Economists aren’t sure why capital spending is slowing, but they fret that the downturn may signal a coming recession, according to CNBC's senior economics correspondent Steve Liesman.
“It bothers me whenever I see capital expenditures slowing because, historically, it’s been such a critical part of the economy,” Maury Harris, chief economist at UBS, told Liesman. “This is happening at the same time that we have an on-going housing recession. I think it raises some red flags on the economy.”
The decline in capital spending comes as corporate interest rates are low and S&P 500 companies have about $600 billion in cash, Liesman said.
Last year, the level of share buybacks was close to the level of capital spending, Liesman said. Companies apparently decided they could get more bang for their buck by buying back stock than by purchasing new equipment, he said. Critics say such short-term spending will hurt the economy in the future.
Many believed capital spending by business would offset weakness in the housing and auto sectors, allowing what some have called the “Goldilocks economy” to continue.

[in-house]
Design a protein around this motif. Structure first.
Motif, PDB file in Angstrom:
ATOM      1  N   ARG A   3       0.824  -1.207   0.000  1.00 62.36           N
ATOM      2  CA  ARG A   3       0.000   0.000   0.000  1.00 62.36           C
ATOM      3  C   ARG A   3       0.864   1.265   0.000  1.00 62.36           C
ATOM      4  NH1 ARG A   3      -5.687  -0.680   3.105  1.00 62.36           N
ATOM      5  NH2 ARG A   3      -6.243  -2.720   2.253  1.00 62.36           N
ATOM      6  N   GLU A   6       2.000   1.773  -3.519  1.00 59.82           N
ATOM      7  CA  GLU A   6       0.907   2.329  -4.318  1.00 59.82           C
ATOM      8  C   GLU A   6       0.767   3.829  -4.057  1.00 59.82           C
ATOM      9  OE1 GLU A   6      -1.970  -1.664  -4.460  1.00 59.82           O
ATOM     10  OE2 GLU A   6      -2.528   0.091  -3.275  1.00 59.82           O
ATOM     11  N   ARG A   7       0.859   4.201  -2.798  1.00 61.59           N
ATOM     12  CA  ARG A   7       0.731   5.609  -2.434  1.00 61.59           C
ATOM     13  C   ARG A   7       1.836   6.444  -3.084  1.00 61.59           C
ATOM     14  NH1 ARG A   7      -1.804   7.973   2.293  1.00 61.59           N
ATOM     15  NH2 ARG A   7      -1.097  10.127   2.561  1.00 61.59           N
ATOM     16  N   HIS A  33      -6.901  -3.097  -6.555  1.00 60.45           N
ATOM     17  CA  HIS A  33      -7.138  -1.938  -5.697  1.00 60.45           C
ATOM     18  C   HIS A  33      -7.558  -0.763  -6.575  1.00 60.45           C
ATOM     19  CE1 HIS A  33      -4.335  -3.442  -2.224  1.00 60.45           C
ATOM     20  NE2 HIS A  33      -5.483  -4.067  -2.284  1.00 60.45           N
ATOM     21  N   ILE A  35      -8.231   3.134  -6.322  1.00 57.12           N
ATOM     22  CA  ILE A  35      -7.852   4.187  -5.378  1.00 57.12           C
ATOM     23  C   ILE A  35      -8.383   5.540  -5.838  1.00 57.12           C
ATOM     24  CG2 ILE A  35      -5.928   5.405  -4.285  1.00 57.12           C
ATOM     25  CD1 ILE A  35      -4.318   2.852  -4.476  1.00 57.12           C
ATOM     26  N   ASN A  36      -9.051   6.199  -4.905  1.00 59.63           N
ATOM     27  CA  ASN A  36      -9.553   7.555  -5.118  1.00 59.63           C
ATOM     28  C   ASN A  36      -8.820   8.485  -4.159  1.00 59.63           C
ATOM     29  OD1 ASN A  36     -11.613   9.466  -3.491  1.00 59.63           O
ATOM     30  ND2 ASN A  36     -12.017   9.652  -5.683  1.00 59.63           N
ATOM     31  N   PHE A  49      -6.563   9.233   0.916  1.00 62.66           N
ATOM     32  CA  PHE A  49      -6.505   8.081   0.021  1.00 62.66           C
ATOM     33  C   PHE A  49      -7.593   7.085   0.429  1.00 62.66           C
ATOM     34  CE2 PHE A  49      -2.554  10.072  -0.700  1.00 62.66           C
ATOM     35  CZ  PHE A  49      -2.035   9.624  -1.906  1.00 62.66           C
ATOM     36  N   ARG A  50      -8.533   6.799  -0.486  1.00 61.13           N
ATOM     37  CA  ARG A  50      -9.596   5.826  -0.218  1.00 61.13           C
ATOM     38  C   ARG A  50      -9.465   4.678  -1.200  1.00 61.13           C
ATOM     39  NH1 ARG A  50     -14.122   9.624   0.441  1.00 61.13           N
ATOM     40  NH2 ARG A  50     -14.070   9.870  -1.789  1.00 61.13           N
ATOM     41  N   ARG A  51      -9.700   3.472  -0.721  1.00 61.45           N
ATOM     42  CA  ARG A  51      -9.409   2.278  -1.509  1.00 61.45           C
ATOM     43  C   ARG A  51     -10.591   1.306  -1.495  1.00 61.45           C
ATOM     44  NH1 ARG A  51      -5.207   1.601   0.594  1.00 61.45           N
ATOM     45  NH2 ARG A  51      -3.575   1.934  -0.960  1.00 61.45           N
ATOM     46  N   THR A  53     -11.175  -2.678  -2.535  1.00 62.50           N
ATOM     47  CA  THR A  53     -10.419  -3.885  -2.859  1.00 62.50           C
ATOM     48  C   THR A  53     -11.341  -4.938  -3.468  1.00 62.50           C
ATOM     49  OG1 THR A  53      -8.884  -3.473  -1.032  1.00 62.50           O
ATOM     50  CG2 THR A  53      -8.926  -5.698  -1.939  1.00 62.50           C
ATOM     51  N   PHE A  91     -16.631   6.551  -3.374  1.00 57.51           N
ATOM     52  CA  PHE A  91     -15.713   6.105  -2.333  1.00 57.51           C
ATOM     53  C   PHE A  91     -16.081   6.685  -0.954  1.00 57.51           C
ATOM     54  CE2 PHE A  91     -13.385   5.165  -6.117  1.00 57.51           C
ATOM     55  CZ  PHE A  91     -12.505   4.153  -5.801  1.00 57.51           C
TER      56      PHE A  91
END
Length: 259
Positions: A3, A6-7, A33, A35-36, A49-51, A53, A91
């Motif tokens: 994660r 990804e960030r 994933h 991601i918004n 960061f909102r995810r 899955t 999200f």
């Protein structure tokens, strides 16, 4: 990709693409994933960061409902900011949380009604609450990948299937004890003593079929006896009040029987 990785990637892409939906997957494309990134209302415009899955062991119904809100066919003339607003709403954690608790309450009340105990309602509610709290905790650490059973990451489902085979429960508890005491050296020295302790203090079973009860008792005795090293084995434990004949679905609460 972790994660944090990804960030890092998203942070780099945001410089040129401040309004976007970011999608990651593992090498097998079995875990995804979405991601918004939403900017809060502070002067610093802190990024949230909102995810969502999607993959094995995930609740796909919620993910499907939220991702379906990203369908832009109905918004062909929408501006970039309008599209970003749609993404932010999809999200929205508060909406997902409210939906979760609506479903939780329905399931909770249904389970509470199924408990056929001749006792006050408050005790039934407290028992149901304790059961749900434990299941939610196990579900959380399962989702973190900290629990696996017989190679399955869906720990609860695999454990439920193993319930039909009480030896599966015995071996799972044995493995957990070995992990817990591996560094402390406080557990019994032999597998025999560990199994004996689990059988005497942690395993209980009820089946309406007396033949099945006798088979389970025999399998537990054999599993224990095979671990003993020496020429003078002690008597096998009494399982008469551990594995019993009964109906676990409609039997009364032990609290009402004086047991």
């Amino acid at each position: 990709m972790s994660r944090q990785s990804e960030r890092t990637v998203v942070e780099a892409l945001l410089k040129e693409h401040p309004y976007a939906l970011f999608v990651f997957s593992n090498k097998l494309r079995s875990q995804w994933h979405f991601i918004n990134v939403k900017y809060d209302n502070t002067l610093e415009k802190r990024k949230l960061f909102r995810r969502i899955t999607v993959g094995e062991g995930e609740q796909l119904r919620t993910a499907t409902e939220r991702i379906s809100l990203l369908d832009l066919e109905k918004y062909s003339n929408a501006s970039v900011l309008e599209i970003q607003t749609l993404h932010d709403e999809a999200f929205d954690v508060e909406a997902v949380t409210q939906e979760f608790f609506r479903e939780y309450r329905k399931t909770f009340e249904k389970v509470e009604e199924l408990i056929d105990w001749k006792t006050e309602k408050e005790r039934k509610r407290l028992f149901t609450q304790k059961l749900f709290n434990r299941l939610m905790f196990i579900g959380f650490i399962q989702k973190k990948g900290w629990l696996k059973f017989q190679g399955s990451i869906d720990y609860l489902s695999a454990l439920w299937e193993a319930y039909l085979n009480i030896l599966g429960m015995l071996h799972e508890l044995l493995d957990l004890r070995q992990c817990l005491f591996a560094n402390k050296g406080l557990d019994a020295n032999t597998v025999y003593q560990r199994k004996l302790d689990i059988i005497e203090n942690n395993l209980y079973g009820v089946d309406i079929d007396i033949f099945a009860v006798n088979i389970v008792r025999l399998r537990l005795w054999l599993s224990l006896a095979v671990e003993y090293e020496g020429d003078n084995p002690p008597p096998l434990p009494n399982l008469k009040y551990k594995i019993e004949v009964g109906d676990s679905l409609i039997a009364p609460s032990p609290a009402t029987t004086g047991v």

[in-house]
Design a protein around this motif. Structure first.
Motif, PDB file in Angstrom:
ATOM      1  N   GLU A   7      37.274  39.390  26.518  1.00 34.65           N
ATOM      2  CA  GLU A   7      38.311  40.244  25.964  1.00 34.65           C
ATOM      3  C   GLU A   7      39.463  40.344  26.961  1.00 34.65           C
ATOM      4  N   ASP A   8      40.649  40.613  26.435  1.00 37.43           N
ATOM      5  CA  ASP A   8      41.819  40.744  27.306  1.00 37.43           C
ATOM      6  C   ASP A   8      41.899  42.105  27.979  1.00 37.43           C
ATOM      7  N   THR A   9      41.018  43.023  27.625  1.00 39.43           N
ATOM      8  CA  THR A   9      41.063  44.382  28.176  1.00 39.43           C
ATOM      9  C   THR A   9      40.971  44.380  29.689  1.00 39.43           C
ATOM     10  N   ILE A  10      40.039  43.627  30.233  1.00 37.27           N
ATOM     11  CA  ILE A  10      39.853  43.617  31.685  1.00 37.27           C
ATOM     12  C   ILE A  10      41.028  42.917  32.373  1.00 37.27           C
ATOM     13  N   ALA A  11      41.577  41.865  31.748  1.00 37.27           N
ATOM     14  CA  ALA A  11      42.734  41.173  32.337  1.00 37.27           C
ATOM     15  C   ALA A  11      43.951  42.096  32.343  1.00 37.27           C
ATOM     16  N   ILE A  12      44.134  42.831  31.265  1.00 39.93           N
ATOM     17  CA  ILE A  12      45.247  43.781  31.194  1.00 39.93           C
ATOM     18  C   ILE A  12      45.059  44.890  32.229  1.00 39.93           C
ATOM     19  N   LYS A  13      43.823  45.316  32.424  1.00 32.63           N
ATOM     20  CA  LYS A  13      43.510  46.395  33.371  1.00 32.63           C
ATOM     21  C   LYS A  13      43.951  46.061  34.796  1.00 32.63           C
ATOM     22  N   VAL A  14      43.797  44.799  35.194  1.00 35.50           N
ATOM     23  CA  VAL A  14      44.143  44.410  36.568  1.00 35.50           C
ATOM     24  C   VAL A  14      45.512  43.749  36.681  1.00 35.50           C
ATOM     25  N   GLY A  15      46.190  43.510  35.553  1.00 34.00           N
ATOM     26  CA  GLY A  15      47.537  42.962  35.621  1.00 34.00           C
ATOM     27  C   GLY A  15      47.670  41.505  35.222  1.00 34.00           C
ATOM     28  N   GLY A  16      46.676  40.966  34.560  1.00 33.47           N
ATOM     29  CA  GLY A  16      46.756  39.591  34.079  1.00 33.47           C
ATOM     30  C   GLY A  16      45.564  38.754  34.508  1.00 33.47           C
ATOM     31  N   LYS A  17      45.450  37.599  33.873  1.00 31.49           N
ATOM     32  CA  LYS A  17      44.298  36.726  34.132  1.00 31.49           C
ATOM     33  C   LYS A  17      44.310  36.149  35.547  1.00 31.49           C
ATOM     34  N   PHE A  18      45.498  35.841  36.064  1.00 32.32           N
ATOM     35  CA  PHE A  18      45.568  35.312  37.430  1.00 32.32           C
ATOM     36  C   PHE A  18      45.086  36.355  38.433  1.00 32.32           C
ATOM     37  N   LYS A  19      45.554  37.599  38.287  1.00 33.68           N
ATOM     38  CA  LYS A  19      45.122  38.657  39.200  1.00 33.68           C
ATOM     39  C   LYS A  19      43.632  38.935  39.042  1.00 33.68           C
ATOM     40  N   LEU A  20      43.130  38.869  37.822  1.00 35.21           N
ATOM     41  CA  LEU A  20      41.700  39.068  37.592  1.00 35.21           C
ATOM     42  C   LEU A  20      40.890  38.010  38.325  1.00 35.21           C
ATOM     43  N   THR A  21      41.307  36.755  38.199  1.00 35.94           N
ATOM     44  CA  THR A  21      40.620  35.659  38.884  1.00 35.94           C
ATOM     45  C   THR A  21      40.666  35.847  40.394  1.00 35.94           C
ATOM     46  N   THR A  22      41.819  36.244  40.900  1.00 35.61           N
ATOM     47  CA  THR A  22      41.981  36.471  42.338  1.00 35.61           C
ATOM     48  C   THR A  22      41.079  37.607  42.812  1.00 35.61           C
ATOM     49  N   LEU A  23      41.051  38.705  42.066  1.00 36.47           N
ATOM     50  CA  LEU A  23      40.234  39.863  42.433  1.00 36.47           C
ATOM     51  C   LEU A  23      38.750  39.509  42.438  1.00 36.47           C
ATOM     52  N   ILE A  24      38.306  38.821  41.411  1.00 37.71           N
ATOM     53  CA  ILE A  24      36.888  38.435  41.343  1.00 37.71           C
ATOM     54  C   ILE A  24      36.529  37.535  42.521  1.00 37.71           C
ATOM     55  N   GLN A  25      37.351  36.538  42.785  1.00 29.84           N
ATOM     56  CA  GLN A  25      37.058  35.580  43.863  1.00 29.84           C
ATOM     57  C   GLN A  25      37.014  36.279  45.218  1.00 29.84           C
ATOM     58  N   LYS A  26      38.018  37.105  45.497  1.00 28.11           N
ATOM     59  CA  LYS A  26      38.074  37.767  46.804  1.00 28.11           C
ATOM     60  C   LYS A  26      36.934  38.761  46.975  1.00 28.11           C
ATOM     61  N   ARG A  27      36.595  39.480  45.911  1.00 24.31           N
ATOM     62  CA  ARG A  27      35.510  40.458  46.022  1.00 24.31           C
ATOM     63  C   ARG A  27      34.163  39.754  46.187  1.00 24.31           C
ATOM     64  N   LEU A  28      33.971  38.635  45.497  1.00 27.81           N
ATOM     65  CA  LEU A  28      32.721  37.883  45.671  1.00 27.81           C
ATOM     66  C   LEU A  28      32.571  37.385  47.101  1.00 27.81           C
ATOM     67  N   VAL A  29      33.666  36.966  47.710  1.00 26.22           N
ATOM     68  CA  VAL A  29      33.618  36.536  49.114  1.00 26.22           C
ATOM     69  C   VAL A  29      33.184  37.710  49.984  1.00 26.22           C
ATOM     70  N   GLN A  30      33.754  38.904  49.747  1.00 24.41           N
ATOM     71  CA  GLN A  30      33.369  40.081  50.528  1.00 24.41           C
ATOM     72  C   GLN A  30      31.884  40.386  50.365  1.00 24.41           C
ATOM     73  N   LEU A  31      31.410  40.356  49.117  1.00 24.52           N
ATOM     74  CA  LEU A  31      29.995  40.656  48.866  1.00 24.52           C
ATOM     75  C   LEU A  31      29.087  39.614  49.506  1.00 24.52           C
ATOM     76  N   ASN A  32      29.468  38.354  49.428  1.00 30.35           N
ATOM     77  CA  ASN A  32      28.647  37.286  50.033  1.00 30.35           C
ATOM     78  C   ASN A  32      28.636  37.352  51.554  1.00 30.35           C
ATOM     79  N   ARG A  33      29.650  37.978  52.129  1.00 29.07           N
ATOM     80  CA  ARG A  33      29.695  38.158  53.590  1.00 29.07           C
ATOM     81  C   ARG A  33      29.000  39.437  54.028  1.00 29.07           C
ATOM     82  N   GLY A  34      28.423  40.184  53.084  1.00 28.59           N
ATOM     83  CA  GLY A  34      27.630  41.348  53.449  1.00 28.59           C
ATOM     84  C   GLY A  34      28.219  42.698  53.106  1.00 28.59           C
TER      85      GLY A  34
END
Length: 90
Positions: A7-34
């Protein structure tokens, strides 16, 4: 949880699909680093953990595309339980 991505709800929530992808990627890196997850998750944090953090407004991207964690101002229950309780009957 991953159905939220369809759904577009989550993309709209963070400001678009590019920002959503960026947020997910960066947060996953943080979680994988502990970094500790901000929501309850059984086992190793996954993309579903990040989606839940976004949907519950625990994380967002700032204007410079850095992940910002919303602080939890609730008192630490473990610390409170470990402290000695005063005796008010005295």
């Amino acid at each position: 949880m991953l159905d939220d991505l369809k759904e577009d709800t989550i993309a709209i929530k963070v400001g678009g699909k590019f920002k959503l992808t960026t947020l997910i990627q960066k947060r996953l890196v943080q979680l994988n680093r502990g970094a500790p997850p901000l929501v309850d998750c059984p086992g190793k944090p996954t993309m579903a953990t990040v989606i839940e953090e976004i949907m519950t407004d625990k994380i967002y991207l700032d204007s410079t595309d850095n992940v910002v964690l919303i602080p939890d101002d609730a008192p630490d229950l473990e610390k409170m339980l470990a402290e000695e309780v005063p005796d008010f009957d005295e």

But business spending on equipment and software declined in two of the last three quarters. Preliminary data suggest it’s likely to decline in the first quarter of 2007.
Economists say it’s rare to have consecutive quarterly declines in business spending that don’t precede or coincide with a recession, Liesman said.
Even Federal Reserve Chairman Ben Bernanke weighed in on capital spending during a recent appearance before Congress.
“Much of the weakness in recent months has been in types of capital goods used heavily by the construction and motor vehicle industries,” Bernanke said. “But we’ve seen some softening in demand for other types of capital goods as well.”
Most economists still look for the economy to rebound in the second half of the year, Liesman said But that rebound could be in doubt if capital spending doesn’t come back as well.